Pulmonary alveolar proteinosis was first described in 1958 on the basis of 27 biopsy and autopsy cases.1 Individuals in industrialized nations appear to be more susceptible to the disease, but no occupational relation has been clearly established. Most cases have been observed in the United States; a few have been seen in Great Britain, France, Germany, and Italy. Two cases have been reported from Japan and one from New Zealand.
Although an additional 80 cases have been added to the world literature since the original description, the cause of the disease remains unknown and its clinical course has not been well delineated. Lipid-rich proteinaceous material may remain in the lung for months or years without showing any apparent change as observed roentgenographically, or it may disappear rapidly, leaving few or no tissue changes and no residual impairment of respiratory function. In the absence of liver dysfunction, a persistent elevation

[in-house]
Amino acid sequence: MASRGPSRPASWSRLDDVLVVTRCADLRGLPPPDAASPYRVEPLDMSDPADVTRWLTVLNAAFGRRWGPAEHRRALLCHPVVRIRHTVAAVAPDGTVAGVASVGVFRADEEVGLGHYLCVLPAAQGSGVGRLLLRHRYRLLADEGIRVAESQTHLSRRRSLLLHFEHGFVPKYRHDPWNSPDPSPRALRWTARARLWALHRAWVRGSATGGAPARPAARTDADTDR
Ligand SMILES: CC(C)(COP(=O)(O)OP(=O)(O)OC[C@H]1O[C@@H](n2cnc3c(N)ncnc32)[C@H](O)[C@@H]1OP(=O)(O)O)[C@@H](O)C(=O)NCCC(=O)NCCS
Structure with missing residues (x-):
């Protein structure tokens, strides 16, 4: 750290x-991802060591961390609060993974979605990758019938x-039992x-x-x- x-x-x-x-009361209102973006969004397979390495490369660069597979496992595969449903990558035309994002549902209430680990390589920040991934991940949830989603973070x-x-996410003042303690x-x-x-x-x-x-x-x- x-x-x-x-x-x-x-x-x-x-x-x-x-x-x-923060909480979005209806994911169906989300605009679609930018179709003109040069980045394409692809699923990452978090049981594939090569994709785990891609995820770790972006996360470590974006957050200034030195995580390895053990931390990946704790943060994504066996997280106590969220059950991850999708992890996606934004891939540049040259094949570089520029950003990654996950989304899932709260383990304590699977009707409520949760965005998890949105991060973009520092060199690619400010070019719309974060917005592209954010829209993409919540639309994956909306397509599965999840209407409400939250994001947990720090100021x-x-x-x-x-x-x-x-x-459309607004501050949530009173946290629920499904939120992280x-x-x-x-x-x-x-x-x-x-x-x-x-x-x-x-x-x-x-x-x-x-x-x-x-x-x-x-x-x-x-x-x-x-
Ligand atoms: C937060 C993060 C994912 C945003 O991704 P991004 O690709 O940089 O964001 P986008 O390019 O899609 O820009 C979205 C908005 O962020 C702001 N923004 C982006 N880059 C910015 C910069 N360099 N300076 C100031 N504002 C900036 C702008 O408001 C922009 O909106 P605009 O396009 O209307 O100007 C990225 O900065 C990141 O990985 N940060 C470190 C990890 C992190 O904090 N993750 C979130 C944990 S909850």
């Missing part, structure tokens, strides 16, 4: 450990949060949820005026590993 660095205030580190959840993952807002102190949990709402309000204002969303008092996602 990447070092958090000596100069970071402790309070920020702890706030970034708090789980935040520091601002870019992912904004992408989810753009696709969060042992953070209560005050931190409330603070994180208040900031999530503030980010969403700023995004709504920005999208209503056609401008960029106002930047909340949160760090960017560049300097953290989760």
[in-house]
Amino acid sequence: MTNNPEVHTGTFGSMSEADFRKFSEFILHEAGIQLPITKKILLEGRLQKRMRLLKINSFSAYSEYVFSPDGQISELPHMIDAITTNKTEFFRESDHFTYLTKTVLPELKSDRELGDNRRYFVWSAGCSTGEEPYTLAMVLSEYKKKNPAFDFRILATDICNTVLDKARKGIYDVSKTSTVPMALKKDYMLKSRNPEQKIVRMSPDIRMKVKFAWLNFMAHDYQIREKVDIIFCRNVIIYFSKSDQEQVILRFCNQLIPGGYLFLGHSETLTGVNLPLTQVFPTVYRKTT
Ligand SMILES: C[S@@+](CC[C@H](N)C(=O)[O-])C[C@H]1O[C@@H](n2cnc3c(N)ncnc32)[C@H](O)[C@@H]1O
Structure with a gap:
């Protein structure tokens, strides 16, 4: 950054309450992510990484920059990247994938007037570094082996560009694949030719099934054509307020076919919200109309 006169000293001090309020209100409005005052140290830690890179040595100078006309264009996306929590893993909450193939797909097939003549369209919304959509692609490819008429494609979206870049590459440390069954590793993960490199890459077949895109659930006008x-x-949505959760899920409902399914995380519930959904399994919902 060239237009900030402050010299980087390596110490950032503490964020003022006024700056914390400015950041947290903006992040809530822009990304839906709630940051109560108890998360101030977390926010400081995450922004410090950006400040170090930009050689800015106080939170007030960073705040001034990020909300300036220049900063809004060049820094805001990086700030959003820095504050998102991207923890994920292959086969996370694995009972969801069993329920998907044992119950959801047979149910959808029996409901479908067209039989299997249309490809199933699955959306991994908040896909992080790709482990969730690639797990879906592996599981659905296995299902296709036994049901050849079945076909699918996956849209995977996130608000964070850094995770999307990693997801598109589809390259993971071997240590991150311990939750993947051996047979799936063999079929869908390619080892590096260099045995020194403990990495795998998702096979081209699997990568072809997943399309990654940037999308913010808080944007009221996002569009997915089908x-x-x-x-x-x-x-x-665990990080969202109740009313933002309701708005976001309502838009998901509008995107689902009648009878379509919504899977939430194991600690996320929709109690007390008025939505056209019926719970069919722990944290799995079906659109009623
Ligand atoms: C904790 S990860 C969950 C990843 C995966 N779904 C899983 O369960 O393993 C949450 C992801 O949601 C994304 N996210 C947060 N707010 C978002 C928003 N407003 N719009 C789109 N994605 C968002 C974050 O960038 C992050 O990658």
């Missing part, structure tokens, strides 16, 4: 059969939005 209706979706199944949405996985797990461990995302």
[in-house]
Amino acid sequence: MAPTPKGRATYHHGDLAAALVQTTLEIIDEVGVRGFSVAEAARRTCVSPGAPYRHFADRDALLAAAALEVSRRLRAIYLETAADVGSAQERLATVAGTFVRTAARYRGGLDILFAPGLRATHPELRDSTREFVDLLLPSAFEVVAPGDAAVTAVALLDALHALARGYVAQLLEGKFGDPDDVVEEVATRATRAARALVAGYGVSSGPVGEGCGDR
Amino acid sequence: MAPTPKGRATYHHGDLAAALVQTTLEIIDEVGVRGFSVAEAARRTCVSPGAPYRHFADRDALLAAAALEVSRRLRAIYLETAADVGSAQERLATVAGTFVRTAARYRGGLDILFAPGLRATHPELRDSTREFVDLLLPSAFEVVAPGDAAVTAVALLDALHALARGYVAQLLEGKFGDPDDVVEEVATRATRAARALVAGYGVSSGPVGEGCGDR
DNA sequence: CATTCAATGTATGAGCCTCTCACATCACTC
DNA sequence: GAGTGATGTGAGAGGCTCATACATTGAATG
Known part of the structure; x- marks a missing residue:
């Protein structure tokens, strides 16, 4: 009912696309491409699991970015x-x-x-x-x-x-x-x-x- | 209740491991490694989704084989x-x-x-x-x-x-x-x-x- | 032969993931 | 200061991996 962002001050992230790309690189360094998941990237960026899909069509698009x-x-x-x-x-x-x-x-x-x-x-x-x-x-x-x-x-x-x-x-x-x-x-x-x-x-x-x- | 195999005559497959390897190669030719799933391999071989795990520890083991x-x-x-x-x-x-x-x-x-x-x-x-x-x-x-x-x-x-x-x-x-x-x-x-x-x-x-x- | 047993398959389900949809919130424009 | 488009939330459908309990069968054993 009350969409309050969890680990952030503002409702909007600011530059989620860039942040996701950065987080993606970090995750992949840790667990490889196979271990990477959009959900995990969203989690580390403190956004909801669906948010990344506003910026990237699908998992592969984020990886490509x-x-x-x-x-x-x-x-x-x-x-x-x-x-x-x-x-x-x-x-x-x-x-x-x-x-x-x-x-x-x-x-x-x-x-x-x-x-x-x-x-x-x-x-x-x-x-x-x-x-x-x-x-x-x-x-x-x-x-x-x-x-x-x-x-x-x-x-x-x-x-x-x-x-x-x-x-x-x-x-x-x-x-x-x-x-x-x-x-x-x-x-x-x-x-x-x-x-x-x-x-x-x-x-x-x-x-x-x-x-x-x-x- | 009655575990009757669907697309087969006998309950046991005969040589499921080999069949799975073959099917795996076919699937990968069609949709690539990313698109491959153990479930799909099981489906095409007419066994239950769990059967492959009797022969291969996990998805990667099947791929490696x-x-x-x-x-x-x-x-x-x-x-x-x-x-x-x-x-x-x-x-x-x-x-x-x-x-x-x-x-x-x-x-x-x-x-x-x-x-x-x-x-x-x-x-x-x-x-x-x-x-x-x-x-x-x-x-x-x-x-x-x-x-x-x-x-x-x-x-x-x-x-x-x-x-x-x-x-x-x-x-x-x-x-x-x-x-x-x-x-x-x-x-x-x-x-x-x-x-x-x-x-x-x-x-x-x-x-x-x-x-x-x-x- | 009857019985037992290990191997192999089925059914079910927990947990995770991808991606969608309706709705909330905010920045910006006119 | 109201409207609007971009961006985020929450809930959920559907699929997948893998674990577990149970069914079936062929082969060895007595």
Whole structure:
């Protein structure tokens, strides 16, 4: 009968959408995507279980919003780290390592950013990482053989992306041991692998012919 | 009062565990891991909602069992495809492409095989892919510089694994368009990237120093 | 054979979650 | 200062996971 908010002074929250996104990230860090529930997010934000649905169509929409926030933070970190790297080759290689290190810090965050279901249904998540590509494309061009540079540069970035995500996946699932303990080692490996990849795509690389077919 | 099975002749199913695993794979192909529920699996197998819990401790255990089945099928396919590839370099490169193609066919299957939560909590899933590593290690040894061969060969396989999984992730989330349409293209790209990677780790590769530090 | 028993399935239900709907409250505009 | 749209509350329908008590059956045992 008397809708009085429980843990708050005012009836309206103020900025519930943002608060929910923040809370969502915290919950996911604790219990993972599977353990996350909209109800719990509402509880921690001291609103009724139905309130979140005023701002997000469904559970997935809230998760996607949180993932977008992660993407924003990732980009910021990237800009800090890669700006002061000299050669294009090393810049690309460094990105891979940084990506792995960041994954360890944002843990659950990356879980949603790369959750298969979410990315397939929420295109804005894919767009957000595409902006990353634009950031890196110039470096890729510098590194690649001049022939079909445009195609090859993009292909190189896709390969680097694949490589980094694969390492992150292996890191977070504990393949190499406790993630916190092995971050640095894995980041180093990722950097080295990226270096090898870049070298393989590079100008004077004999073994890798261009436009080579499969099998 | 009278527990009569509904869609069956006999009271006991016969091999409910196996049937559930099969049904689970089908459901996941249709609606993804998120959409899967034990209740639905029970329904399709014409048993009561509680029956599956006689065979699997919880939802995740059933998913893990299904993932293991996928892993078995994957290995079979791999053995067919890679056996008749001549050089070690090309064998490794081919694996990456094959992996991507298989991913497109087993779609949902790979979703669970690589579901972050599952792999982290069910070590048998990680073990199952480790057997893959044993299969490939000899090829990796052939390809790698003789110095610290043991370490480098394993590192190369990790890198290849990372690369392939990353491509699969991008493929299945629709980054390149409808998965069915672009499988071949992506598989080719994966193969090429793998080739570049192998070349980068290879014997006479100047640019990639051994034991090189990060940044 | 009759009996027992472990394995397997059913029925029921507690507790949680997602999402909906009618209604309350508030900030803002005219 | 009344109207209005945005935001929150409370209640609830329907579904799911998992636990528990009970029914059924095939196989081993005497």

PULMONARY ALVEOLAR PROTEINOSIS. JAMA. 1967;199(6):418. doi:10.1001/jama.1967.03120060116023
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